There’s something about trolls that is always… I guess amusing. Probably because they are often cast as dumb, lumbering and far south of thoughtful. And, this short story really doesn’t do anything to dispel those ideas. What it does do is take a creature that is traditionally gross and smelly and making him… well, kind of cute.
This was such an amazing novella. Which I was kind of expecting because I also thought that Before the Snow was amazing. Especially as a wind up to the actual novel and the first full-length story in this series. The only thing that annoys me about this is the fact that I decided to read Stealing Snow for my Around the Year in 52 books challenge… so I don’t get to read it until the 16th of July…. That’s a loooooong time to wait.
I had no idea what to expect from this novella, or even what to expect from the rest of this series. I had just bought Stealing Snow because it was cheap in the Boxing Day Sales. And the cover looked pretty. And it was one of those stories that I’m so glad I did. At least, judging from the first novella (I haven’t got to the actual novel yet).
I loved this take on the tale of Humpty Dumpty. He is gross, creepy and annoying. And yet there is a weird connection between him and the king. The fact that this weird, grotesque relationship is told through the eyes of an inventor and the queen’s sister kind of makes it all the more fun. Alongside the word spinning and twirling that seems to be an aspect of anything influenced by Lewis Carroll.
In the collection, Snow White, Blood Red, I Shall Do Thee Mischief follows directly after Little Red. And I had to put this book down after Little Red because of the ick factor. So when I found out that there was a second story based on this fairy tale. Also with a sexual component… I’ll admit that I was kind of concerned. And uncomfortable. There is only so much ick I can read before I have to change over to the happy and carefree stories. Luckily for me, although the sexuality was still there, it wasn’t so intense. Or icky.
While I really enjoyed this short story, what bumped up my great opinion of it was Black’s explanation for why she wrote it in the first place. On childhood vacations, she often wished that she could turn into a wolf and eat her family – so she wrote about a boy who could. And, honestly, who hasn’t felt like that on a family vacation?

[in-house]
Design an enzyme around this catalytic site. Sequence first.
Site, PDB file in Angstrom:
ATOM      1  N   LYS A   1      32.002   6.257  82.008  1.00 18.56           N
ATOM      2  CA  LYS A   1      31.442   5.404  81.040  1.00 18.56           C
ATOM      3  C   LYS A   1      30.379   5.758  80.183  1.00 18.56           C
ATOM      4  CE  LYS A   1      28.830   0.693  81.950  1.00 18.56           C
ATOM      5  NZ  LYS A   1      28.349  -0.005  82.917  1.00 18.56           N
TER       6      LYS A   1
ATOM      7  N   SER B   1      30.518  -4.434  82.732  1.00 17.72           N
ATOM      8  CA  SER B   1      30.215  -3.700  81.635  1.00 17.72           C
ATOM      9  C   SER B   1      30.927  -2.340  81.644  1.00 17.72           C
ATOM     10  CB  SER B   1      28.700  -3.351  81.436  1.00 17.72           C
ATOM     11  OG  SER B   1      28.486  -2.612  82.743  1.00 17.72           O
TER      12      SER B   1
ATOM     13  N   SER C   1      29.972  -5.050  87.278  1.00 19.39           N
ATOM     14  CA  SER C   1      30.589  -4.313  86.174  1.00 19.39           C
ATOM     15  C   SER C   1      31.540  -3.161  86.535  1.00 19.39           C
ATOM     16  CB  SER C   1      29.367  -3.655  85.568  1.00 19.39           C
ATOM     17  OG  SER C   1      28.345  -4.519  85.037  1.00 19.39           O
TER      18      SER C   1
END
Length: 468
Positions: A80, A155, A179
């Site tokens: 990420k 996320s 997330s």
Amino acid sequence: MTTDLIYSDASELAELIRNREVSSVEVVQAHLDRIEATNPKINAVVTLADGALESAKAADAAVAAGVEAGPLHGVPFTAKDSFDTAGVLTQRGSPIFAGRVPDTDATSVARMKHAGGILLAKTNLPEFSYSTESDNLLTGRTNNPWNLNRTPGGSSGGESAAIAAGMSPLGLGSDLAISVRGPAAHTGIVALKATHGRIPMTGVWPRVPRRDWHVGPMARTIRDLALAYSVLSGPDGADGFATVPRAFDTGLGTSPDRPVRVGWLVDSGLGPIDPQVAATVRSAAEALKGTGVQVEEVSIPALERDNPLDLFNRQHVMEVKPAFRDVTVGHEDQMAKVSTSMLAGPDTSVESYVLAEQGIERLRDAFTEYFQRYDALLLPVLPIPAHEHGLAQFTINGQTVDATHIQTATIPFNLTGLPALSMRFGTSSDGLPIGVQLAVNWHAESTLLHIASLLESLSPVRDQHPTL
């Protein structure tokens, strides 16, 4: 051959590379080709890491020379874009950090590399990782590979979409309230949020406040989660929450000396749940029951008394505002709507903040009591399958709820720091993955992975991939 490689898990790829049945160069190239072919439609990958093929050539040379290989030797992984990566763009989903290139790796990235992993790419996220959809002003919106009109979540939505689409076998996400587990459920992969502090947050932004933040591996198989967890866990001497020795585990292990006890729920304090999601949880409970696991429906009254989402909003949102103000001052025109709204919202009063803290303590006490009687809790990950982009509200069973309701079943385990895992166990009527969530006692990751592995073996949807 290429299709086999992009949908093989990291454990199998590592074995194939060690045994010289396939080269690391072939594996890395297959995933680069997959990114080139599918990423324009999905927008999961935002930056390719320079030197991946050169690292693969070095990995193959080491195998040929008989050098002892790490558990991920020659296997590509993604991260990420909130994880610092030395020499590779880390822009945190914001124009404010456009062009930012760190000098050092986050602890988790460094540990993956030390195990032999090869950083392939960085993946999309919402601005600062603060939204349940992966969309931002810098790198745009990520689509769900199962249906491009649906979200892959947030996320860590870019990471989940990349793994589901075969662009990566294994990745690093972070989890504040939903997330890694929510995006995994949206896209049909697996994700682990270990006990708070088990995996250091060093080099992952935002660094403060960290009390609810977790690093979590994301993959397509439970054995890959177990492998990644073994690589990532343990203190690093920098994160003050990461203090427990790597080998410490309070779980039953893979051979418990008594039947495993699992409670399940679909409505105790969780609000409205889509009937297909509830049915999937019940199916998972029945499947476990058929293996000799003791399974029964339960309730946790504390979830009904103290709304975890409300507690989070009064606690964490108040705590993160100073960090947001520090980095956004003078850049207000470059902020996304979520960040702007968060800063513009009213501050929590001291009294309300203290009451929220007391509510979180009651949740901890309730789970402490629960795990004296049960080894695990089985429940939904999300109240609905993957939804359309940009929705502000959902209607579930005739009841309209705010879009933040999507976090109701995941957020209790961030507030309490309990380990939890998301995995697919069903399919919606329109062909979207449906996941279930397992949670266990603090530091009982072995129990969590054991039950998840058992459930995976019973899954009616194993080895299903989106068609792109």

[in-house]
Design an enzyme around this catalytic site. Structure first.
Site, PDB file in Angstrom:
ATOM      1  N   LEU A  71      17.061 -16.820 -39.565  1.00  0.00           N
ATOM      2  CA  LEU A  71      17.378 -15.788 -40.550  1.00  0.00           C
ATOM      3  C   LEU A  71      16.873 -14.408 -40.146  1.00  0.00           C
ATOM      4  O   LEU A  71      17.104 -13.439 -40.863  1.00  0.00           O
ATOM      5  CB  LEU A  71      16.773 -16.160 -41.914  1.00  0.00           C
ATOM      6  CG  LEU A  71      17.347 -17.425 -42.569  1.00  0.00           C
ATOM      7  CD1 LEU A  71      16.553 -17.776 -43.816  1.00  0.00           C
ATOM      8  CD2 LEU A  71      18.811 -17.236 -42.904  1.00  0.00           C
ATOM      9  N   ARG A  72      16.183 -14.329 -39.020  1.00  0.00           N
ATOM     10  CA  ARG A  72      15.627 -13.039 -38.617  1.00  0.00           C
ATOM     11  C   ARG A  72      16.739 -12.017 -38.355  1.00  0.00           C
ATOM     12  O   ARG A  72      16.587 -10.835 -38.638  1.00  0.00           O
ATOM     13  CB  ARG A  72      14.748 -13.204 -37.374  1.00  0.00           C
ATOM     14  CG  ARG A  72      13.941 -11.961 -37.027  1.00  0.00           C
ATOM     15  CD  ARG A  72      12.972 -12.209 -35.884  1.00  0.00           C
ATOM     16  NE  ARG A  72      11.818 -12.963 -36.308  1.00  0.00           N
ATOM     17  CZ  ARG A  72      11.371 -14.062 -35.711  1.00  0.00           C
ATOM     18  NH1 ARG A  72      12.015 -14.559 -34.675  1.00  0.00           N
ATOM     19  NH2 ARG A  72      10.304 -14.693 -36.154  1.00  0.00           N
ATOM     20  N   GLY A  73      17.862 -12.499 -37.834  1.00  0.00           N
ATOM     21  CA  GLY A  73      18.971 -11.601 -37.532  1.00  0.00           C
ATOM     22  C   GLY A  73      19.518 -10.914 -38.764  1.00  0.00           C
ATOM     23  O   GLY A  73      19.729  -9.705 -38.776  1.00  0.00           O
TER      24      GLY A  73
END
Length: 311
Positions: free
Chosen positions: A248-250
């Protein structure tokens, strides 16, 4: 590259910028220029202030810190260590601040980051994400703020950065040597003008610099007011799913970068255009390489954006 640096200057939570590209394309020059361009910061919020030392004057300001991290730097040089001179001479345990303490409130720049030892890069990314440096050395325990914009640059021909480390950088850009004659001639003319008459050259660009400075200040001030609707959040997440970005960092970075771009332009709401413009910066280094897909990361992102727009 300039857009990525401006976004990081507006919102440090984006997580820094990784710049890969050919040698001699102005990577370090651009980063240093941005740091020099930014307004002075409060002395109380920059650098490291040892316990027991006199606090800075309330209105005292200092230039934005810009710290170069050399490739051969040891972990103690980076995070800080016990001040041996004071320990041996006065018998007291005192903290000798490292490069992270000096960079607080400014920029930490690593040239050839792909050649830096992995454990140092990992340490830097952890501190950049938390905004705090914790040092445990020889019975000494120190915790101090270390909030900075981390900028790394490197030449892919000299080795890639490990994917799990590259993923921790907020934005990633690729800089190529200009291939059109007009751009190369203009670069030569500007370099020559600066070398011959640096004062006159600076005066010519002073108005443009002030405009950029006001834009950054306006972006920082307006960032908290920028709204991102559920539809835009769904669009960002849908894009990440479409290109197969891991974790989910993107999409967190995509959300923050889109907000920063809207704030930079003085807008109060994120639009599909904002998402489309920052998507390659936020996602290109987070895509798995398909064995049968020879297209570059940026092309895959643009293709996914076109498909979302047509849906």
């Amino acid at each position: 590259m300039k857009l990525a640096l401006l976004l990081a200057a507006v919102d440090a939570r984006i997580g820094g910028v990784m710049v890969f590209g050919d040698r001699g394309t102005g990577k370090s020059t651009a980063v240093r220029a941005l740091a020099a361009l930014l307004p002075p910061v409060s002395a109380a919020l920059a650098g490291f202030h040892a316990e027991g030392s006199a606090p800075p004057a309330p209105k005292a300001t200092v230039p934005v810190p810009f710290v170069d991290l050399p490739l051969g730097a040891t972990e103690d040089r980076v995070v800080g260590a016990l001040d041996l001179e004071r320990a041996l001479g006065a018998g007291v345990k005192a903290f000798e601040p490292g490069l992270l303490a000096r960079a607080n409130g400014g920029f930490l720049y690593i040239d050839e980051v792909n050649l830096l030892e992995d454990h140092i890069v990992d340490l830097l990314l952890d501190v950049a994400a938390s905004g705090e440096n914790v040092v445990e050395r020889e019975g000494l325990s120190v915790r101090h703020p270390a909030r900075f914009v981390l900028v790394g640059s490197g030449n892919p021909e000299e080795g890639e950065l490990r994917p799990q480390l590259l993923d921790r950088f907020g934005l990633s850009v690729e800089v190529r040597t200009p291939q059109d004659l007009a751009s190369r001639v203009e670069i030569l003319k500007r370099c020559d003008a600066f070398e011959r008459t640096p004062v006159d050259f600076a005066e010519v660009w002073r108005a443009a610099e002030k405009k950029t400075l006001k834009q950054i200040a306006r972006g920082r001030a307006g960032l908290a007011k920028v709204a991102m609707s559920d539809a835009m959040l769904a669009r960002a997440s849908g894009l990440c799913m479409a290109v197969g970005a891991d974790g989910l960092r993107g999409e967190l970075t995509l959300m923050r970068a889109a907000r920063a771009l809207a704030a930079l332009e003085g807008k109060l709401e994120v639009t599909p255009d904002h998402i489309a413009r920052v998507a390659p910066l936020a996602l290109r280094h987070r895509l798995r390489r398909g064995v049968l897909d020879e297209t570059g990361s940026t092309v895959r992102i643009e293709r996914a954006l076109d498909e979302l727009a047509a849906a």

This short retelling of Red Riding Hood lost half a point because of the creep factor. The creep factor still made the story thoroughly enjoyable and a perfect addition to a series of adult fairy tale retellings. But I didn’t like the feelings I got when I finished it. Hence the deduction of half a point.
I don’t think I’ve read the original tale of Puss in Boots. Although I have read a few retellings over time, and I thought that doing new take on an old classic using a poem was a quaint and attractive way in which to do so. This was quick, sharp, shiny and straight to the point. It was also well written, fun and great at highlighting the triumph of beast over man.
Not all fairy tales have a happy ending, and in the case of Snow Drop, there is most certainly not a happy ending. At least for Snow Drop… I’m still not sure whether the ending was happy or just twisted for Cristena…
I’m an older sister. And it doesn’t matter how old my younger sister and I are. It doesn’t matter where life takes us. I will always be her big sister. And I will always feel responsible for her. And protective of her. So it’s really nice to read a short story that reminds me that I’m not the only one in this position. That is uses the story of the Twelve Dancing Princesses just makes it all the more fun and engaging.